Bring back ‘work from home’ to tackle omicron, top advisers tell No 10

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Top scientific advisers have recommended that Boris Johnson’s government should consider bringing back “work from home” guidance to tackle the spread of the coronavirus variant.

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Full official notes from the latest Scientific Advisory Group for Emergencies (Sage) meeting – published on Friday – show that experts believe remote working is a “highly relevant” way to reduce transmissions of the new version. .

The Sage committee also warned ministers that they would not be able to wait for new data on Omicron before considering bringing in more restrictions.

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The document states, “Even if measures are introduced immediately, there may not be time to fully ascertain whether they are sufficient before deciding on further course of action. “

It comes as Prof Adam Finn, a member of the government’s Joint Committee on Immunization and Immunization (JCVI), recommended people work from home.

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“The more people now that can work from home, the better, until we are more certain about what is going to happen,” Professor Finn said. Guardian,

The expert from the University of Bristol said: “We need to buy time. If it’s dead in three weeks, well, we can all relax, but now is the time when you can stop a big wave from happening.” Huh.

Earlier this week Prof Susan Michi, a member of the Sage Committee, said that working from home should be resumed to combat omicron transmission.

“If you wait until we’ve got the certainty you’ve lost it,” she said I, “You need to act quickly, you need to work hard and you need to act before you can actually act.

The latest Sage minutes leaked earlier this week warned that the edition could see a “very large wave” of Covid infections in the UK and that “stringent” rules may be needed to protect the NHS.

The full document, published on Friday afternoon, warned that both the introduction of the vaccine passport and the work-from-home guidance are potential ways for Omicron to react in the coming days.

“Previous Sage advice on measures to reduce transmission remains highly relevant, including ventilation, face coverings, hand hygiene, minimizing contacts (eg by working from home), vaccination certification, and the importance of effective testing. , but is not limited to advice regarding contact tracing and isolation,” states the document.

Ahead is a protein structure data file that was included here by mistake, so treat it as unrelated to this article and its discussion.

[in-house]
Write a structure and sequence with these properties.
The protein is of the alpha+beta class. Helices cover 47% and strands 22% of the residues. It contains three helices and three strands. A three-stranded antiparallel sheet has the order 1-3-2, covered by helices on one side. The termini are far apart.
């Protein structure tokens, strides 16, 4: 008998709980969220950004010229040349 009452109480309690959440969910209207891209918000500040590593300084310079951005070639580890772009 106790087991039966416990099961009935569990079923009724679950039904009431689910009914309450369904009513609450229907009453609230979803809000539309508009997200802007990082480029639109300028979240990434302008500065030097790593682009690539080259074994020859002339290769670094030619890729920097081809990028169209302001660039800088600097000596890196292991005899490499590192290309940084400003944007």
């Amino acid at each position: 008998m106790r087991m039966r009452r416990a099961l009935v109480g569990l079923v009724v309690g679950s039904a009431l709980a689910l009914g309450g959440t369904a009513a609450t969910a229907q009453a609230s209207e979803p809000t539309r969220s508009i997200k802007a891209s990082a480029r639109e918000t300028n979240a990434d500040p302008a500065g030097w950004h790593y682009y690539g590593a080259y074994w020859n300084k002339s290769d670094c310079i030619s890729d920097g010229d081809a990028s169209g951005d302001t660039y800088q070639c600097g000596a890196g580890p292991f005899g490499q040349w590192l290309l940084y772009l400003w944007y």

Liberal Democrats urged the government to bring in guidance recommending the return of remote working – saying ministers would be “crazy” to ignore the advice of scientists.

Party health spokeswoman Daisy Cooper MP said: “How many times does Sage need to recommend ‘work from home’ before the government can really hear?”

The MP said: “Working from home is a cheap and simple way to reduce contact and COVID transmission, and the government is crazy to ignore it.”

The government is set to review its most recent restrictions – the resumption of mandatory mask-wearing in shops and the public – in three weeks’ time.

But ministers have made it clear they do not want to see a return to work from home guidance – one of its so-called ‘Plan B’ measures.

Health Secretary Sajid Javid has suggested that the government may bring forward its review and lift existing restrictions before the plan. “We don’t even need to wait for three weeks,” he said earlier this week.

It comes as NHS England said a ramped-up rollout of COVID booster jabs would take place “no later than 13 December”, when the government decided to reduce the time between the second dose and the booster from six months to three months .

Meanwhile, it has emerged that the vast majority of all known omicron COVID cases in England have been found in people who have had at least two vaccines.

According to the UK Health Protection Agency, of the 22 confirmed omicron cases as of 30 November, 12 of them were linked to people who learned they had been infected more than 14 days after receiving their last jab.

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Credit: www.independent.co.uk /

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